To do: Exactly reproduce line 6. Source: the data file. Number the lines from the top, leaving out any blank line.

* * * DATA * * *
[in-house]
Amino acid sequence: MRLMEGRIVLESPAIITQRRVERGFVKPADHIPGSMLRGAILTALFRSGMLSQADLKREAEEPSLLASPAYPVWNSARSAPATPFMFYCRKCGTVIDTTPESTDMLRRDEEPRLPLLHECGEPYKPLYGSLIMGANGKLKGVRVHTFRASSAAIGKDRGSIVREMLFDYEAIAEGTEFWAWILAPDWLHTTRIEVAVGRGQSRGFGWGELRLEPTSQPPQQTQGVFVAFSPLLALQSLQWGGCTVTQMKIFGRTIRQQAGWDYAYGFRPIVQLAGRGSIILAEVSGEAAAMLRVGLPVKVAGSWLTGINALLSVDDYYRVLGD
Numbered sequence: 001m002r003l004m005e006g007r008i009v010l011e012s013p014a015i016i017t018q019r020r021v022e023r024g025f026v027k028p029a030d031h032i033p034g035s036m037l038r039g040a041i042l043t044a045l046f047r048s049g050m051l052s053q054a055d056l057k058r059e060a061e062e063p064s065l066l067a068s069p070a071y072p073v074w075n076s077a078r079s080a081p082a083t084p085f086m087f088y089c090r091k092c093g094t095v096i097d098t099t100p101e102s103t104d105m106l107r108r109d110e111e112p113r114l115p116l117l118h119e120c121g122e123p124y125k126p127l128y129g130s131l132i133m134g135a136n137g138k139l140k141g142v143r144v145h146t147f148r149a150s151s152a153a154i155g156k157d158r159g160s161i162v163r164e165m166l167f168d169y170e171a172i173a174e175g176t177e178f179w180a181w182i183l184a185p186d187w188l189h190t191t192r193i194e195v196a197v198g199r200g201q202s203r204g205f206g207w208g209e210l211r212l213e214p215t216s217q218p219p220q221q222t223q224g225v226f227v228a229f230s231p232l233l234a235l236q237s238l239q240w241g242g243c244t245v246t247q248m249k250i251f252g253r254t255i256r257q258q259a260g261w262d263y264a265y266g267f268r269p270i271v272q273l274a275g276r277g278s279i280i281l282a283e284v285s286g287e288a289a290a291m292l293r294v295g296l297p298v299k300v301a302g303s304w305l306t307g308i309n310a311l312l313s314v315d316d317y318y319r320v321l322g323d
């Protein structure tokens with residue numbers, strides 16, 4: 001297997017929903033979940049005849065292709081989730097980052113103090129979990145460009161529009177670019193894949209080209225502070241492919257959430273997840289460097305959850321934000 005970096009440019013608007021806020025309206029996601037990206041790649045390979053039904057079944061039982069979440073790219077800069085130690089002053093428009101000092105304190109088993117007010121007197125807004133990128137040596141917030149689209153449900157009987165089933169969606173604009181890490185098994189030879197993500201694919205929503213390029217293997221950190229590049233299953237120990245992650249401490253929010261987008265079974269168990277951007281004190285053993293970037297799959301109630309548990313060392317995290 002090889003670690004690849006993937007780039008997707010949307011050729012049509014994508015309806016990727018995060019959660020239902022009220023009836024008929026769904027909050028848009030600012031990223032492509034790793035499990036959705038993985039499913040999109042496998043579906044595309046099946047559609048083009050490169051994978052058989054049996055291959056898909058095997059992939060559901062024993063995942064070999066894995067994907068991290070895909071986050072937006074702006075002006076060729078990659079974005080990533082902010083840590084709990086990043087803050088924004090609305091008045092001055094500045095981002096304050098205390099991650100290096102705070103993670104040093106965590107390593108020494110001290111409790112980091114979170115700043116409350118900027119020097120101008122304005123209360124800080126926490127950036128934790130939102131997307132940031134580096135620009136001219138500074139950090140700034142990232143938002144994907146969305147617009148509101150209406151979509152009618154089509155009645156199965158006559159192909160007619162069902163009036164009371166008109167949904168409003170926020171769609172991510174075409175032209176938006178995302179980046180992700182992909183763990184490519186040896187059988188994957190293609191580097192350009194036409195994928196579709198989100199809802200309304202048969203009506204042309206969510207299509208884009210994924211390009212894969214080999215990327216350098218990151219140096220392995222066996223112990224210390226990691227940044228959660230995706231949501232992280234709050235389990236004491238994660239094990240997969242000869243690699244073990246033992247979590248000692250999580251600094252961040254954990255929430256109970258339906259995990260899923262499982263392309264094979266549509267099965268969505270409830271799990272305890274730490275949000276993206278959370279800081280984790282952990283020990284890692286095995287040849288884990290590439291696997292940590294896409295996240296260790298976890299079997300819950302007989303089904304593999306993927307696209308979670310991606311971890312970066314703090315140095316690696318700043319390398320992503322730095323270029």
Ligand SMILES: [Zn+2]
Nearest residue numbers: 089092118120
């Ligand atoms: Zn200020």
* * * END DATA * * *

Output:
Nearest residue numbers: 089092118120